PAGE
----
Malware potency increases as numbers drop

Less is more

globalisation

Global malware outbreaks decreased last year only to be replaced by smaller scale, stealthier attacks targeted at specific organisations or individuals, and designed to extract sensitive information. Financial gain has become the number one motive for hackers, according to IBM's latest Global Business Security Index.

Email-borne viruses went into decline last year. One in every 36.15 emails (2.8 percent) contained a virus or Trojan compared to 6.1 per cent, or one in every 16.39 emails in 2004. But this drop was accompanied by the increased integration of more sophisticated bot capabilities into existing malware. For example the Mytob worm, based on the earlier MyDoom worm, featured capabilities that allowed hackers to remotely control compromised (zombie) machines.

These botnets (networks of compromised machines) were often used to relay spam. One type of spam, fraudulent emails that seek to dupe users into handing over sensitive account details to bogus websites (a practice known as phishing), grew markedly last year. In 2005, phishing represented an average of one in every 304 emails, compared to one in every 943 in 2004.

Phishing emails against consumers are becoming more targeted while businesses are weathering a storm of more focused malware assaults.

In 2005, approximately two to three targeted email attacks were intercepted each week, compared to almost none in 2004. These attacks were often directed at government departments, military and other organisations. Customised malware attacks have the potential to defraud businesses, steal identities and intellectual property and extort money, while damaging the brand and eroding customer trust. Cybercrooks are targeting an organisation's workers in order to infiltrate systems, IBM warns, adding that traditional reactive approaches to security are no longer adequate.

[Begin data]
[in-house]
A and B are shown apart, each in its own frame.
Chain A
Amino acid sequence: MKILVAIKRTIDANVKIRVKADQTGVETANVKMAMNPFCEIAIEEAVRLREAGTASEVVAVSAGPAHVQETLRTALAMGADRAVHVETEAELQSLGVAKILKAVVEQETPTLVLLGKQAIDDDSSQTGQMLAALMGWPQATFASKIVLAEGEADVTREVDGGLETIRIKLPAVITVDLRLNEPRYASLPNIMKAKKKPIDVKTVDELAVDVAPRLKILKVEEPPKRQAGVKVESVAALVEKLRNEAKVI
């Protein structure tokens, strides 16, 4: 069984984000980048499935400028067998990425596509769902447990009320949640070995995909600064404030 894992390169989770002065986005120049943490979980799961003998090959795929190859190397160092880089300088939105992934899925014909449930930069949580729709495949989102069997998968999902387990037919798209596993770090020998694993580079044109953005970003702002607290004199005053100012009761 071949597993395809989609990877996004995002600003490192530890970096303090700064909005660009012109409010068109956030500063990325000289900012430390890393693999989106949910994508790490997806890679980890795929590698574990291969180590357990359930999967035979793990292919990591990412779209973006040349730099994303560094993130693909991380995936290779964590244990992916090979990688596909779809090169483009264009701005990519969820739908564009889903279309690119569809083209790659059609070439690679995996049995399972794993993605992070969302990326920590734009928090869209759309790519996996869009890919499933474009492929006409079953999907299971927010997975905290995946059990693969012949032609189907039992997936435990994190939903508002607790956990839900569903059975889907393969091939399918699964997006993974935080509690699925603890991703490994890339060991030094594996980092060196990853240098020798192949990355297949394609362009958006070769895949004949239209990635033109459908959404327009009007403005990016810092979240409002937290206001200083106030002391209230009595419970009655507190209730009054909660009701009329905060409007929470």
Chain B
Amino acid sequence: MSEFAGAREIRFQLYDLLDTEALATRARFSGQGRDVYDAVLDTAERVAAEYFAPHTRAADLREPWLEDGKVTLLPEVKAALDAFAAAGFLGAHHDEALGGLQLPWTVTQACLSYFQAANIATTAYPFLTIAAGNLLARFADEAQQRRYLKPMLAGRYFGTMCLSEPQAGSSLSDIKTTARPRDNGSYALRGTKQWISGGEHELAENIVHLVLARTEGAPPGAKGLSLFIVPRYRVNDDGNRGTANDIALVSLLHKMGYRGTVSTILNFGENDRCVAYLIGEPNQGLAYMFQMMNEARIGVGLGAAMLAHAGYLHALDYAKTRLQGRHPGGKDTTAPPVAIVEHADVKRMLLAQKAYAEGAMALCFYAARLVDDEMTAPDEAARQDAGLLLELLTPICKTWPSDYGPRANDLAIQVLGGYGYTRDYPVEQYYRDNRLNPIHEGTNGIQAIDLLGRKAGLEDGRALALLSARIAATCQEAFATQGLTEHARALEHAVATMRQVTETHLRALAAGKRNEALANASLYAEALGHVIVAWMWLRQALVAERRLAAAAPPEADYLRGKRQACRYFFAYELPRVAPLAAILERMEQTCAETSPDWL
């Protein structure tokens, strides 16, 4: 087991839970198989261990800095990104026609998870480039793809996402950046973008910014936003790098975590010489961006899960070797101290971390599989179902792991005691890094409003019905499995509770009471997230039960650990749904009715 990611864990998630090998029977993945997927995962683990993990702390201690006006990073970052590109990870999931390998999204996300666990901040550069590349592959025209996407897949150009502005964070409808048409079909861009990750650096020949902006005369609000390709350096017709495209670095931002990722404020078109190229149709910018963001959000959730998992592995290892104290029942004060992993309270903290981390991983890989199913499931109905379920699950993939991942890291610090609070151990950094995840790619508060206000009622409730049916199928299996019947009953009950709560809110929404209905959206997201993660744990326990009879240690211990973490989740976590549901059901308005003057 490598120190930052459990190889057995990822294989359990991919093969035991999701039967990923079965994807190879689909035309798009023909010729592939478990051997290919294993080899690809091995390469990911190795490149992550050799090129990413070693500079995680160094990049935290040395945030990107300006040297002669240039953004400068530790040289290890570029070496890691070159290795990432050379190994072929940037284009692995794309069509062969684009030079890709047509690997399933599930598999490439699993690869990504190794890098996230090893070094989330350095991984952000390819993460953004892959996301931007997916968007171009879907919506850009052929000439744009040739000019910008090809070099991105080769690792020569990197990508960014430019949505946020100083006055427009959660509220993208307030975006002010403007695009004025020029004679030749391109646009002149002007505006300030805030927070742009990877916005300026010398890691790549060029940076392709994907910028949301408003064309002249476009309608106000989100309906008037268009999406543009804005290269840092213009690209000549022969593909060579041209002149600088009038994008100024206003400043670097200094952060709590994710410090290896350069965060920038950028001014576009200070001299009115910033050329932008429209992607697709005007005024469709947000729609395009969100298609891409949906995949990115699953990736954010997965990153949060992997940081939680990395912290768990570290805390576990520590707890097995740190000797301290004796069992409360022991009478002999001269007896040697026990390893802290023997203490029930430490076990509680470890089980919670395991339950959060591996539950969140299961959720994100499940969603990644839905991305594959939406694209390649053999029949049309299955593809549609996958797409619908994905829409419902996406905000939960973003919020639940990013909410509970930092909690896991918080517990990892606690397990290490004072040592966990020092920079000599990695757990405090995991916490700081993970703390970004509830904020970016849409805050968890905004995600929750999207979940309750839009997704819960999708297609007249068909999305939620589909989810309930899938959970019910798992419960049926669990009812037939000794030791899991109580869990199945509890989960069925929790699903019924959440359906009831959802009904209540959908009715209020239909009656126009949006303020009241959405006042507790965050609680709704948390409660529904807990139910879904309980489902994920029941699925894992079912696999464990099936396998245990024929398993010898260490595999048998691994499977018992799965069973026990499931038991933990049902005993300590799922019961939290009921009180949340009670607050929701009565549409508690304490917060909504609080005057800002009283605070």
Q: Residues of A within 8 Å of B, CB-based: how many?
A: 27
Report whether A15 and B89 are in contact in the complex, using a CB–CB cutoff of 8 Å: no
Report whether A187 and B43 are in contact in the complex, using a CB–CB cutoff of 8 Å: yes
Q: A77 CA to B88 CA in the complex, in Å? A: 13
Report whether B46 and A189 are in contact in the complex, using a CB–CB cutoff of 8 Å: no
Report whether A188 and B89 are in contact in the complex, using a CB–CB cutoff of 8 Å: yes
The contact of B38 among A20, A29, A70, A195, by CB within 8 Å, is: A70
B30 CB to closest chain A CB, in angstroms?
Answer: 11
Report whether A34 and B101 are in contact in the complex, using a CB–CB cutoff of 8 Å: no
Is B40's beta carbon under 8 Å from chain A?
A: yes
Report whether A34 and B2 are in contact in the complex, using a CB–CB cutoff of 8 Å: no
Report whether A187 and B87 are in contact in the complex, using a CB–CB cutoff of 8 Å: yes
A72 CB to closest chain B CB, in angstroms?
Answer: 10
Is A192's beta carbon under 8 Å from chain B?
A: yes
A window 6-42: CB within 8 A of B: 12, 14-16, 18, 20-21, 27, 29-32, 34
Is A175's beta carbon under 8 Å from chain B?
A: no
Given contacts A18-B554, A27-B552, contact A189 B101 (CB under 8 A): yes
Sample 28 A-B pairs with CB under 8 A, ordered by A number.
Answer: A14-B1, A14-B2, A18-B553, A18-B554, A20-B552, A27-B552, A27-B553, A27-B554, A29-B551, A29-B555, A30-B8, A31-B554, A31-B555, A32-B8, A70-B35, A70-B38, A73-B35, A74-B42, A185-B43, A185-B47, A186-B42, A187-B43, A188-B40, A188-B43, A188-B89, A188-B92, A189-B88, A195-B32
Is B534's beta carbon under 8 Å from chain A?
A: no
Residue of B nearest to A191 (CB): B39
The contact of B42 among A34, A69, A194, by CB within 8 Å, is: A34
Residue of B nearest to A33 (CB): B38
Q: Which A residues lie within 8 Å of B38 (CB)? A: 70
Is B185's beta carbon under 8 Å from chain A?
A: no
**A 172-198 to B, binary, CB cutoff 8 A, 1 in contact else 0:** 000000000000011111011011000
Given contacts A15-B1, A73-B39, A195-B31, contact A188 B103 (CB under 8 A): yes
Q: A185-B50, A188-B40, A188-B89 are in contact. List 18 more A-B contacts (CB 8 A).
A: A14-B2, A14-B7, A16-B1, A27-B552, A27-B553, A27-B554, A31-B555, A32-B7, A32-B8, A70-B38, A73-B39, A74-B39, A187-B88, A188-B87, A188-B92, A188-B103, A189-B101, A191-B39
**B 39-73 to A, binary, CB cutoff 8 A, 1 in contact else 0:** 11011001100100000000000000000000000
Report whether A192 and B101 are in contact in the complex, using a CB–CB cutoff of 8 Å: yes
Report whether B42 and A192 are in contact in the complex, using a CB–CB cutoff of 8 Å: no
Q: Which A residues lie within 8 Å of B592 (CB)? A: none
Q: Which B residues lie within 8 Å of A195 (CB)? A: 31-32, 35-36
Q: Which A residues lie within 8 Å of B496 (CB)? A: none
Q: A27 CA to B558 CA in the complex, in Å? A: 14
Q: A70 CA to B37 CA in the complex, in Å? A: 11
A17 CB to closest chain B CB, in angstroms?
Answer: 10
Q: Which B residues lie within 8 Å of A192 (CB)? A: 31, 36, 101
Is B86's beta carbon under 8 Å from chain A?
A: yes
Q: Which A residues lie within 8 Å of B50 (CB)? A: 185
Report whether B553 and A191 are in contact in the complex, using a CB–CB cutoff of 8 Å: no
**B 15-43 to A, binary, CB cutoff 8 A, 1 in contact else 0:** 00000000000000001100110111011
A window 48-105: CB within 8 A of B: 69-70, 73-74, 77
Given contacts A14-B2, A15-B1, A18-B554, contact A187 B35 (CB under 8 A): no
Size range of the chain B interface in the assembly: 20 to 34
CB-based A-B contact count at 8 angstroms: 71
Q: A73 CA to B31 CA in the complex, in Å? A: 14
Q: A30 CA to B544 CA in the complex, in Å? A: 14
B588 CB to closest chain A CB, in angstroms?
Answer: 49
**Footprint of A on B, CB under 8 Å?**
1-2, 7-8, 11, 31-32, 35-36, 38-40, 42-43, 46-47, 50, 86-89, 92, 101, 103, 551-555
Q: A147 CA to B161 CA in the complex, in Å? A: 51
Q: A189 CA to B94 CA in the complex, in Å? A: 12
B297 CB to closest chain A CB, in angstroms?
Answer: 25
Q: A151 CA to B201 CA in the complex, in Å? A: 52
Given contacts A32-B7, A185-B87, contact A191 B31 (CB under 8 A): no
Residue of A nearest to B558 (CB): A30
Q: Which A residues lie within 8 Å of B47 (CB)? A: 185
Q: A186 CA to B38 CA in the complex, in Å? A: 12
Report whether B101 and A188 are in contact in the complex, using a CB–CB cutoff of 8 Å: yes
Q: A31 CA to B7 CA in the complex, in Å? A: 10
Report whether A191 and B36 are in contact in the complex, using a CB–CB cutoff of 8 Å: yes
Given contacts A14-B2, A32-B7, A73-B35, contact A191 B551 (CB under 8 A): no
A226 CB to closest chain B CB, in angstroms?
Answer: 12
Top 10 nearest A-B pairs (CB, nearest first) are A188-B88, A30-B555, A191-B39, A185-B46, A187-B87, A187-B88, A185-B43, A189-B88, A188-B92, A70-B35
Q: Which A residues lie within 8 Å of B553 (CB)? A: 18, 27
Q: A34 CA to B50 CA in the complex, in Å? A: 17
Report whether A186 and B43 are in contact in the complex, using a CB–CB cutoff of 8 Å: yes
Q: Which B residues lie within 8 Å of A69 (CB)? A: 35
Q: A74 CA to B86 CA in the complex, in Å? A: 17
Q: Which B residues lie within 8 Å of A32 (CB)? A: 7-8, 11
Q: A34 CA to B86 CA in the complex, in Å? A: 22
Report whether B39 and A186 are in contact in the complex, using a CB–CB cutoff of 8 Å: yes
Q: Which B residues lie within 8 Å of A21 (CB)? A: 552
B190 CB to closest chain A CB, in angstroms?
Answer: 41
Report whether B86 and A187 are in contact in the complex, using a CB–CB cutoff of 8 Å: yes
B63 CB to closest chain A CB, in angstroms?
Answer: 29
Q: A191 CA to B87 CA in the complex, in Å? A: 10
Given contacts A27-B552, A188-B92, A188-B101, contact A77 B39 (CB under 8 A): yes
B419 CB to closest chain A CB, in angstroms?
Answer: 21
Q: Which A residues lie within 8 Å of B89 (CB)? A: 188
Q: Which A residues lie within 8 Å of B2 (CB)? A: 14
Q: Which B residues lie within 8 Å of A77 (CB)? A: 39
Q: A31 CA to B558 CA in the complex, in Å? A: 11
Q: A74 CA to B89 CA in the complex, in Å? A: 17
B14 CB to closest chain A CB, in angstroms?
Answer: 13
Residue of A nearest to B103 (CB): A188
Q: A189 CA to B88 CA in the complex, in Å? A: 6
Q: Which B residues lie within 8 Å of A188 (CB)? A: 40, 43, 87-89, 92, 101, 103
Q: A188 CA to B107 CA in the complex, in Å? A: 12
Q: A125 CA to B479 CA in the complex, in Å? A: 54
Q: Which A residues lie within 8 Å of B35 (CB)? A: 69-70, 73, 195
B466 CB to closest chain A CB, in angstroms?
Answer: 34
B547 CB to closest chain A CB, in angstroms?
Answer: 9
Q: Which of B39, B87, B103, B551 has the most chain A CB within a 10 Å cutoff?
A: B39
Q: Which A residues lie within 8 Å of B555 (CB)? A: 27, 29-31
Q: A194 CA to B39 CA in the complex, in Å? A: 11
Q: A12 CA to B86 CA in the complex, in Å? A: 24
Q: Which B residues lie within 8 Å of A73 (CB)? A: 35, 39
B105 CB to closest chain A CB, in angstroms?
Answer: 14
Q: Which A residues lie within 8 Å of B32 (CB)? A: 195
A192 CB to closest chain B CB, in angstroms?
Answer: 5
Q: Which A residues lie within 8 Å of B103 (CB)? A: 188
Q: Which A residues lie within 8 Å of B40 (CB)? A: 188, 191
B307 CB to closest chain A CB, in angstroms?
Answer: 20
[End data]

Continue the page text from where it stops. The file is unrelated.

"The decrease in pervasive attacks in 2005 is counter-intuitive to what society at large believes is a major threat to their personal data," said Cal Slemp, vice president of IBM's security and privacy services. "IBM believes that the environment has shifted - with increased security protection on most systems and stiffer penalties, we are seeing organised, committed, and tenacious profiteers enter this space. This means attacks will be more targeted and potentially damaging."

Future imperfect

IBM's Global Business Security Index report 2005 also gazes into the crystal ball in an attempt to predict security trends for 2006. It predicts an increase in attacks aimed at computer users as computer networks become better defended. "Criminals will focus their efforts on convincing end users to execute the attack instead of wasting time in lengthy software vulnerability discovery," IBM predicts.

Crooks are also likely to take advantage of shortcomings in international co-operation to launch cyber attacks from countries in regions such as Eastern Europe and Asia, where sanctions are more lenient and enforcement is limited. Networks of compromised machines (botnets) are commonly controlled using IRC networks, but newer botnets will likely move to instant messaging and other peer-to-peer networks for command and control of infected systems, IBM predicts.

Last year, IBM predicted the malware affecting mobile phones, PDAs and other wireless devices would increase substantially. It acknowledges that the pervasive outbreaks it predicted last year have failed to materialise but warns mobile malware remains a threat on the radar. ®

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